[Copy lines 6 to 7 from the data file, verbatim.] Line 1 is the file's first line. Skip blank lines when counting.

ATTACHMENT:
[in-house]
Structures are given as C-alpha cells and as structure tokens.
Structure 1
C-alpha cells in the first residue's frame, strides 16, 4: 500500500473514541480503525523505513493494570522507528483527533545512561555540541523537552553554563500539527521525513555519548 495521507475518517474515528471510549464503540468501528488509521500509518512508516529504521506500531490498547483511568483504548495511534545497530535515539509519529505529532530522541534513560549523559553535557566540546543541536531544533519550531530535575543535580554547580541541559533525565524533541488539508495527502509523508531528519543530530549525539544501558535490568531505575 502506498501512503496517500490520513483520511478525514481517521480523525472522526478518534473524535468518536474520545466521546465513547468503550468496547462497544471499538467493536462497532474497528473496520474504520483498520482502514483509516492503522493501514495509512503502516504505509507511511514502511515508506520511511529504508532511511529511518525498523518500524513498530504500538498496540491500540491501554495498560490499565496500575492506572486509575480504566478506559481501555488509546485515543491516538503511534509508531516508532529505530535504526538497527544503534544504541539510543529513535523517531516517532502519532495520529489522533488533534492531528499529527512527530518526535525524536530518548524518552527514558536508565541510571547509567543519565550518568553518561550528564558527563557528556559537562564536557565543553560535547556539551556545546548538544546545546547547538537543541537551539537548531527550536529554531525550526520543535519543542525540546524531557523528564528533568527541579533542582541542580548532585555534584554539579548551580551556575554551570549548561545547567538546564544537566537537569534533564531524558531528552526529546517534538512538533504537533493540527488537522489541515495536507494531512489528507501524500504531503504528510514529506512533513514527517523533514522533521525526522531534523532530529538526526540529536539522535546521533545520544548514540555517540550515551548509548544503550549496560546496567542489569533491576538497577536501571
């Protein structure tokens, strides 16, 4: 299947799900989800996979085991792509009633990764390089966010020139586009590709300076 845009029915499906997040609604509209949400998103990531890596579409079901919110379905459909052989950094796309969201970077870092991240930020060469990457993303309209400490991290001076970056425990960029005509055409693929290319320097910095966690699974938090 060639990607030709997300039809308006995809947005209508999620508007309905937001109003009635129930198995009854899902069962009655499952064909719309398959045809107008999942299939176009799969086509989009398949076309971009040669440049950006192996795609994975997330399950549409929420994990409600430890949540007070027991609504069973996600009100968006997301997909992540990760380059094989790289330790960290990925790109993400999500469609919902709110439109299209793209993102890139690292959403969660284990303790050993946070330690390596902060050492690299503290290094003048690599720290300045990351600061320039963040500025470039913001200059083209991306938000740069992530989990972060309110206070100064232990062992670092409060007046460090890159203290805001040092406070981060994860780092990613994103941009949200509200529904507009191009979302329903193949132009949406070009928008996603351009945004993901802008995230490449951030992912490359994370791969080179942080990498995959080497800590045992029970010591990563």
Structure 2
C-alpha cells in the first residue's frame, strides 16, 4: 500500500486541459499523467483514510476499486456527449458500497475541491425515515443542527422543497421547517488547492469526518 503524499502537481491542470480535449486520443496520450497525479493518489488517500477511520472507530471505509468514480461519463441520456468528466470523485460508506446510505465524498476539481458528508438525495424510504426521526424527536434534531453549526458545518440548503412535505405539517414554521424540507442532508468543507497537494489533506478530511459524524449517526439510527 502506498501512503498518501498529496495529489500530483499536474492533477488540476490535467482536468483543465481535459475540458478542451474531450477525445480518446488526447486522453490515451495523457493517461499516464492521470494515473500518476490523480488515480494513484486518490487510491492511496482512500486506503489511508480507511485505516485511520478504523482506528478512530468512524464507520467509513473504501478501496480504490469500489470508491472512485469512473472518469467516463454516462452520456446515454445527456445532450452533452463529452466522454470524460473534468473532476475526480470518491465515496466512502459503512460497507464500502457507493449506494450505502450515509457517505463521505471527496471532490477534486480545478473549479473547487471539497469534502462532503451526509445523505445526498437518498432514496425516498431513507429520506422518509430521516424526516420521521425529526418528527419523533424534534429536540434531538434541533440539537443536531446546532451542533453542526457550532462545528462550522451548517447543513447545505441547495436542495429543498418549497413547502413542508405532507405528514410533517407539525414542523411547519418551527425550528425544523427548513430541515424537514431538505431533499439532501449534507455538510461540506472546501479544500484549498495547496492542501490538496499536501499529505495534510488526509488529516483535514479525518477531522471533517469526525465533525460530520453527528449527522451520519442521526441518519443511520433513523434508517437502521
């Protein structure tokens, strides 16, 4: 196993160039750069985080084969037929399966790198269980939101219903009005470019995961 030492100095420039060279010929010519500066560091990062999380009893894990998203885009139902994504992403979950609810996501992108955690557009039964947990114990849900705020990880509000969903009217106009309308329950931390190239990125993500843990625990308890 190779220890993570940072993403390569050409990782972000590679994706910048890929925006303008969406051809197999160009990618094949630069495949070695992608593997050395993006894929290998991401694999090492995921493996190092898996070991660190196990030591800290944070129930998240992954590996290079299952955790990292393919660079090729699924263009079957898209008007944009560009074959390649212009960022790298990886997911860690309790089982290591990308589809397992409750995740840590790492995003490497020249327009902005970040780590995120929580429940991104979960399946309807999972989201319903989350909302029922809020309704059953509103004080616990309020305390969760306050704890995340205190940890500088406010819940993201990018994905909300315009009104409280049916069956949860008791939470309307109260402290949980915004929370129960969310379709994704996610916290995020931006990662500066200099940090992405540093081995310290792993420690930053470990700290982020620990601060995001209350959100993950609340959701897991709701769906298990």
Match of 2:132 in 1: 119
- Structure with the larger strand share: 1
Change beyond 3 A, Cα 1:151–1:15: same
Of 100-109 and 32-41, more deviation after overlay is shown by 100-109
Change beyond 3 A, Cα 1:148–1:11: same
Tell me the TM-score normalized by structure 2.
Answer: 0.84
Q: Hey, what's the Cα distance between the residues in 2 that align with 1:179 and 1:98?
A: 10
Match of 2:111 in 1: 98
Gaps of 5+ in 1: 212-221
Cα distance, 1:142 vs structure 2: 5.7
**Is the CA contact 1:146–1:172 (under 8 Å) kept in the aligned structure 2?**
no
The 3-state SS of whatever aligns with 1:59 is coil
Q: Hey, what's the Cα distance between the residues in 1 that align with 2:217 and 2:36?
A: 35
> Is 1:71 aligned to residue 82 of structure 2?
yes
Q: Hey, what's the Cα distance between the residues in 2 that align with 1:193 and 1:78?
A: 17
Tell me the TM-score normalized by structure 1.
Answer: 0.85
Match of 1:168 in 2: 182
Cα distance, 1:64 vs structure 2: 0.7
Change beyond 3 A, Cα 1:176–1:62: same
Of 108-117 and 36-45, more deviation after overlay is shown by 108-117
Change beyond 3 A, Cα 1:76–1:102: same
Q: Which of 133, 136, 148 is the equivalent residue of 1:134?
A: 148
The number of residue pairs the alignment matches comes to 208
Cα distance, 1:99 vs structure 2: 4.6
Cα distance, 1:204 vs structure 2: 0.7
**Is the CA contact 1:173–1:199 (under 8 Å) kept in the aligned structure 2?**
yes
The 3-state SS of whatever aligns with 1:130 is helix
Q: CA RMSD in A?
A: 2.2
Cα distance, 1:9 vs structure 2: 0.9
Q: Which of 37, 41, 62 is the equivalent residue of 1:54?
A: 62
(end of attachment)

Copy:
Structure 2
C-alpha cells in the first residue's frame, strides 16, 4: 500500500486541459499523467483514510476499486456527449458500497475541491425515515443542527422543497421547517488547492469526518 503524499502537481491542470480535449486520443496520450497525479493518489488517500477511520472507530471505509468514480461519463441520456468528466470523485460508506446510505465524498476539481458528508438525495424510504426521526424527536434534531453549526458545518440548503412535505405539517414554521424540507442532508468543507497537494489533506478530511459524524449517526439510527 502506498501512503498518501498529496495529489500530483499536474492533477488540476490535467482536468483543465481535459475540458478542451474531450477525445480518446488526447486522453490515451495523457493517461499516464492521470494515473500518476490523480488515480494513484486518490487510491492511496482512500486506503489511508480507511485505516485511520478504523482506528478512530468512524464507520467509513473504501478501496480504490469500489470508491472512485469512473472518469467516463454516462452520456446515454445527456445532450452533452463529452466522454470524460473534468473532476475526480470518491465515496466512502459503512460497507464500502457507493449506494450505502450515509457517505463521505471527496471532490477534486480545478473549479473547487471539497469534502462532503451526509445523505445526498437518498432514496425516498431513507429520506422518509430521516424526516420521521425529526418528527419523533424534534429536540434531538434541533440539537443536531446546532451542533453542526457550532462545528462550522451548517447543513447545505441547495436542495429543498418549497413547502413542508405532507405528514410533517407539525414542523411547519418551527425550528425544523427548513430541515424537514431538505431533499439532501449534507455538510461540506472546501479544500484549498495547496492542501490538496499536501499529505495534510488526509488529516483535514479525518477531522471533517469526525465533525460530520453527528449527522451520519442521526441518519443511520433513523434508517437502521